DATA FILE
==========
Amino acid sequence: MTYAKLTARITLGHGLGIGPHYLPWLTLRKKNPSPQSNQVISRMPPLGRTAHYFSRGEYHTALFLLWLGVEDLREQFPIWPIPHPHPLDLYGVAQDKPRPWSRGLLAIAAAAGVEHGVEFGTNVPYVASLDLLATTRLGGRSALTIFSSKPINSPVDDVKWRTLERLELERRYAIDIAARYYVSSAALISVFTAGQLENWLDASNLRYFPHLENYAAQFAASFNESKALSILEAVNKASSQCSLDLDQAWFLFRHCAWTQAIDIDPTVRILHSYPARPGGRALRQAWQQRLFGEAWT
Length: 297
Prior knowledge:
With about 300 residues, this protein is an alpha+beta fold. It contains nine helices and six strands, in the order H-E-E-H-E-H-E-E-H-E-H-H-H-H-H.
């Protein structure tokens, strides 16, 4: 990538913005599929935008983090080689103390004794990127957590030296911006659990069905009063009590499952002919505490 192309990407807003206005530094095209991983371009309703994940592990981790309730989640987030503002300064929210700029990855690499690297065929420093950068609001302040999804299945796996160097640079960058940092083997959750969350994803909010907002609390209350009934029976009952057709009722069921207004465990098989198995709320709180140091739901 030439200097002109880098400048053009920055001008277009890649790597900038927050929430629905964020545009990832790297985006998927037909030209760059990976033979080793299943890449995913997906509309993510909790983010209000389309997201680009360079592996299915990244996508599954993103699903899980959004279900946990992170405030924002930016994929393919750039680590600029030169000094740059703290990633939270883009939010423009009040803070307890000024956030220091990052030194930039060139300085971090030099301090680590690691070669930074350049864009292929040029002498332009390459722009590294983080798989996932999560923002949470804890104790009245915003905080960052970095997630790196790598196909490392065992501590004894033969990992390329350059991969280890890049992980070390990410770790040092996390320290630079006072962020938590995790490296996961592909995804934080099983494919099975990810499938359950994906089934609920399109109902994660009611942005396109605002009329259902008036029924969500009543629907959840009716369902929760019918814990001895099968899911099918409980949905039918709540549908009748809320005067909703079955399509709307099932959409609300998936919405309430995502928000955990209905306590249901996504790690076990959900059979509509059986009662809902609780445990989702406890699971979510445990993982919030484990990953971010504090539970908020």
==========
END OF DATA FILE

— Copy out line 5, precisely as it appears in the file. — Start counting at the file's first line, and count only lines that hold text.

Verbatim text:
């Protein structure tokens, strides 16, 4: 990538913005599929935008983090080689103390004794990127957590030296911006659990069905009063009590499952002919505490 192309990407807003206005530094095209991983371009309703994940592990981790309730989640987030503002300064929210700029990855690499690297065929420093950068609001302040999804299945796996160097640079960058940092083997959750969350994803909010907002609390209350009934029976009952057709009722069921207004465990098989198995709320709180140091739901 030439200097002109880098400048053009920055001008277009890649790597900038927050929430629905964020545009990832790297985006998927037909030209760059990976033979080793299943890449995913997906509309993510909790983010209000389309997201680009360079592996299915990244996508599954993103699903899980959004279900946990992170405030924002930016994929393919750039680590600029030169000094740059703290990633939270883009939010423009009040803070307890000024956030220091990052030194930039060139300085971090030099301090680590690691070669930074350049864009292929040029002498332009390459722009590294983080798989996932999560923002949470804890104790009245915003905080960052970095997630790196790598196909490392065992501590004894033969990992390329350059991969280890890049992980070390990410770790040092996390320290630079006072962020938590995790490296996961592909995804934080099983494919099975990810499938359950994906089934609920399109109902994660009611942005396109605002009329259902008036029924969500009543629907959840009716369902929760019918814990001895099968899911099918409980949905039918709540549908009748809320005067909703079955399509709307099932959409609300998936919405309430995502928000955990209905306590249901996504790690076990959900059979509509059986009662809902609780445990989702406890699971979510445990993982919030484990990953971010504090539970908020």